The Occupiers of Wall Street have a laudable goal: to end corporate greed. But do they have a strategy to achieve that goal? In the minds of many protesters, the problem is the capitalist system. It is built on greed, so it is believed. If that assumption is true, then indeed the solution to the economic injustices of our day would lie in dismantling the system. But perhaps greed is not the basis of capitalism.
The father of modern economics, Adam Smith, seems to have opened the door to the accusation that the free market economy is built on greed. His phrase was “self-interest” (though even that was but one of a number of motivations that he said were necessary to make the market function properly). But, as Hill & Rae point out, “Greed is not the same as self-interest” (The Virtues of Capitalism, p.61). Self-interest is surely open to abuse, but is not in itself a vice. Selfishness is; self-interest is not. Paul understood the balance: “Look not only to your own interests, but also to the interests of others” (Phil 2:4). Self-interest is not a problem; it only becomes a problem when it exists to the exclusion of the interests of others.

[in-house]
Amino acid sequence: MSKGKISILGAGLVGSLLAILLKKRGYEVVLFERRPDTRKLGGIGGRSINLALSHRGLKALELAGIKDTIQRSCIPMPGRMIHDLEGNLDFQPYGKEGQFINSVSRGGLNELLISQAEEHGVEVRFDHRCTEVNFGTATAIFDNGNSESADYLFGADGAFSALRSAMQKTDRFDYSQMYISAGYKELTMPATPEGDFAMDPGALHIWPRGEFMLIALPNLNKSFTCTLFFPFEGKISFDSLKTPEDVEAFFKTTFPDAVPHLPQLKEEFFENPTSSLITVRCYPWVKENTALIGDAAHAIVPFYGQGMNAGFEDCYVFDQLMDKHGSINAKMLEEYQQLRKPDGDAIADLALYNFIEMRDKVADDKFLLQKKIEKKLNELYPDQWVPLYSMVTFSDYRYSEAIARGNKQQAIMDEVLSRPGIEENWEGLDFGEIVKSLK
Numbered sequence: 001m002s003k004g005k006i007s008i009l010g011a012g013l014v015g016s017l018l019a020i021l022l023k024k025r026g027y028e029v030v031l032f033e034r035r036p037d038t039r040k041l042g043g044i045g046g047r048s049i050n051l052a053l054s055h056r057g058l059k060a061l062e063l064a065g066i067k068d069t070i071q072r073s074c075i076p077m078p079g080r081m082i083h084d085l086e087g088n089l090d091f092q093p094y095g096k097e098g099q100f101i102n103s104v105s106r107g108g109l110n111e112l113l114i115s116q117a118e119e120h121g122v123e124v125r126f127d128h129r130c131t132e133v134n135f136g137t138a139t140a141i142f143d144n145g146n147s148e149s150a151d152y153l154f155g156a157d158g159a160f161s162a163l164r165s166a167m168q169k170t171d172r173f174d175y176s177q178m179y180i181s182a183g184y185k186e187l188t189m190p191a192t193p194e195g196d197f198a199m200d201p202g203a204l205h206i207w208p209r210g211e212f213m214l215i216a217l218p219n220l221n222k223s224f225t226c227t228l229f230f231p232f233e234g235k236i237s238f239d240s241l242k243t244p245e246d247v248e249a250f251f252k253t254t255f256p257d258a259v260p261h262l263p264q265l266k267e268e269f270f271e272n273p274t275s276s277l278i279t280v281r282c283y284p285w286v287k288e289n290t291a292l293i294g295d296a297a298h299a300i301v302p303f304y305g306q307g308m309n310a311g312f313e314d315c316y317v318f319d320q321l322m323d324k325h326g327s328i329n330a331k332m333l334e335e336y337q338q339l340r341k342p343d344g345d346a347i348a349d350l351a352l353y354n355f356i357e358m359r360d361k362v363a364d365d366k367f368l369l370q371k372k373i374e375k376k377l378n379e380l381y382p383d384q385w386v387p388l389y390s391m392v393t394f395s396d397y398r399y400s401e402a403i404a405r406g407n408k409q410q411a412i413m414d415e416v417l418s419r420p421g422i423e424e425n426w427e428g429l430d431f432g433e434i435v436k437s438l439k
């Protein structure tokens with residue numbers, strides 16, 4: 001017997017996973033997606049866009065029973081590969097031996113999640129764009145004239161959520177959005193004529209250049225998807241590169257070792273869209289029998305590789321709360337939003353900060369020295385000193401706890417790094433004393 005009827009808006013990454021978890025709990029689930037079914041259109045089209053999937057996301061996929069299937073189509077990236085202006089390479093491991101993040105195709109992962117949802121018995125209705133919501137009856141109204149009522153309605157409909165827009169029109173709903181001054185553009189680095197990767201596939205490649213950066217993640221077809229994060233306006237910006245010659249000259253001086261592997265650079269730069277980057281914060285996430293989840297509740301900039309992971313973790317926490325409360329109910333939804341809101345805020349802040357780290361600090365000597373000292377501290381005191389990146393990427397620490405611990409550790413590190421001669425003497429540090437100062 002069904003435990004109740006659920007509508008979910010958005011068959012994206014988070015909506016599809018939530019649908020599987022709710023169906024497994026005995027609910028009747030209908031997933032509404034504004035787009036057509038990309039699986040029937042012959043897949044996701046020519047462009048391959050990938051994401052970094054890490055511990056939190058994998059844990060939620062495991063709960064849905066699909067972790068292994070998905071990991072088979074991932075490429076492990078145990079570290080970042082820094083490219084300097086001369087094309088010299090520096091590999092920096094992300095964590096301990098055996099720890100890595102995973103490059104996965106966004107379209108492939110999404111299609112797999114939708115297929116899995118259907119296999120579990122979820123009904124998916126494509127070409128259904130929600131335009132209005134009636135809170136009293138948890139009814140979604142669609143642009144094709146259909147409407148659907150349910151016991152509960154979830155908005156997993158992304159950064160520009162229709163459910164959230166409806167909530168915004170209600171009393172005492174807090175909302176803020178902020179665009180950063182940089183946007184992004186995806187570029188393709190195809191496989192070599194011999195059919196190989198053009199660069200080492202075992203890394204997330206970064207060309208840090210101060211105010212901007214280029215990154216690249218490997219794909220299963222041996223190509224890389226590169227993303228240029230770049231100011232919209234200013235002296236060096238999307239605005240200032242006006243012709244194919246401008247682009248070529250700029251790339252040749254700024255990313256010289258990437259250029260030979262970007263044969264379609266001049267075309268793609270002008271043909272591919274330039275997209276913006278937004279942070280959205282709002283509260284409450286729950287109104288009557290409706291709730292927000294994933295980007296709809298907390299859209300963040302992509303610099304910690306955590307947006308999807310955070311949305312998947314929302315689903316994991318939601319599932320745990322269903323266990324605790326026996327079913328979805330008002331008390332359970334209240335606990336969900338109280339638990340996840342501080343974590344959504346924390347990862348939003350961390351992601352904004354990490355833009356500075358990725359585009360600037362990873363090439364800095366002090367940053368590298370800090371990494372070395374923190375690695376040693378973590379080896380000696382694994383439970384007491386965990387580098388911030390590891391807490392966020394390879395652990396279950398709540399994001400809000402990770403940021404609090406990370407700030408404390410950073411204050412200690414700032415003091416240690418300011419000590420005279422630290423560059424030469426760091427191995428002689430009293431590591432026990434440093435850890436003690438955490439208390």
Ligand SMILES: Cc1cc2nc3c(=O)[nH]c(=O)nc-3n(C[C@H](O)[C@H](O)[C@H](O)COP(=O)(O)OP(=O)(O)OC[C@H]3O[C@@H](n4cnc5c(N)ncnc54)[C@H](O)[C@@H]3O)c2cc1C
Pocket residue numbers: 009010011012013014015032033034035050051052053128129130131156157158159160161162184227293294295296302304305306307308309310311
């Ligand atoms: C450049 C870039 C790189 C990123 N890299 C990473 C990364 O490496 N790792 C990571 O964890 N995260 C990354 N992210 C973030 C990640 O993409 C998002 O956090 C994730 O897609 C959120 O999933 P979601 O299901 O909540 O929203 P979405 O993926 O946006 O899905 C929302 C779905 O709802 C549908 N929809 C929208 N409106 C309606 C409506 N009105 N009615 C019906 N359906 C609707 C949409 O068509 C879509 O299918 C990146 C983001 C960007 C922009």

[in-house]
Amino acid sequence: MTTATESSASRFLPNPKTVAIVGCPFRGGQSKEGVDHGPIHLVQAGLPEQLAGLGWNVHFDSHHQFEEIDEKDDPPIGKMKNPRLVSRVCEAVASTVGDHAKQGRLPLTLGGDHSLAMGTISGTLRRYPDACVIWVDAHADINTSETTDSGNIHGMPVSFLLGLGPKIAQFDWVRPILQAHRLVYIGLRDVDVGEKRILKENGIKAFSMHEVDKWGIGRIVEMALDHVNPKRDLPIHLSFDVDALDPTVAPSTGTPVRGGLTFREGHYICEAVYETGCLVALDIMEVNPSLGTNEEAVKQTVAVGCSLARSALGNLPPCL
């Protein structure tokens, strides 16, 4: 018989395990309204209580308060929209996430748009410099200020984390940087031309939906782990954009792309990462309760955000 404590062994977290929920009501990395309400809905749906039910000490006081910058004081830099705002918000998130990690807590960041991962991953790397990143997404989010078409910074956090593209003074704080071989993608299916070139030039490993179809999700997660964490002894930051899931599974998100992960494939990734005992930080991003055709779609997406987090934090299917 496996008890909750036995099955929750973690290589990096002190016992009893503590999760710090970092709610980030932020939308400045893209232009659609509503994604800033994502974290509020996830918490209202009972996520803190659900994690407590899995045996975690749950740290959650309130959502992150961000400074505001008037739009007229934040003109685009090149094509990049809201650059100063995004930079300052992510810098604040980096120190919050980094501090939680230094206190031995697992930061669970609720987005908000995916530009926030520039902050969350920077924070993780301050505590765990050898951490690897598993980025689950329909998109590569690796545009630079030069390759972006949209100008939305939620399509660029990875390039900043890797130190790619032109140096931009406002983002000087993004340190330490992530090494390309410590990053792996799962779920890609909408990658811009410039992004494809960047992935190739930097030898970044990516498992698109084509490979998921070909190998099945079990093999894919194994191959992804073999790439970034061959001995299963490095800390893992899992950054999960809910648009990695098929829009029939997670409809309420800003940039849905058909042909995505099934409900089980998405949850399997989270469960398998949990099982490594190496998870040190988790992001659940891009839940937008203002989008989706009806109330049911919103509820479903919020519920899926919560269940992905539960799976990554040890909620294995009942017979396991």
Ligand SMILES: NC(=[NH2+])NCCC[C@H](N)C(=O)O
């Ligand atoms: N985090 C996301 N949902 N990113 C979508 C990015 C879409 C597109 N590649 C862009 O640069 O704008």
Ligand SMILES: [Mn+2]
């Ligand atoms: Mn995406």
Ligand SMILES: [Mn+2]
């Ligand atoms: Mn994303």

It remains true that a person who pursues self-interest in balance with compassion for others and generosity toward those in need may both increase his own wealth and provide enormous benefits to others. A food bank run by volunteers is a great way to provide food for people; but so is a grocery store in which an owner is financially rewarded for his investment in the venture and his employees enjoy the benefits of being paid to provide people with food.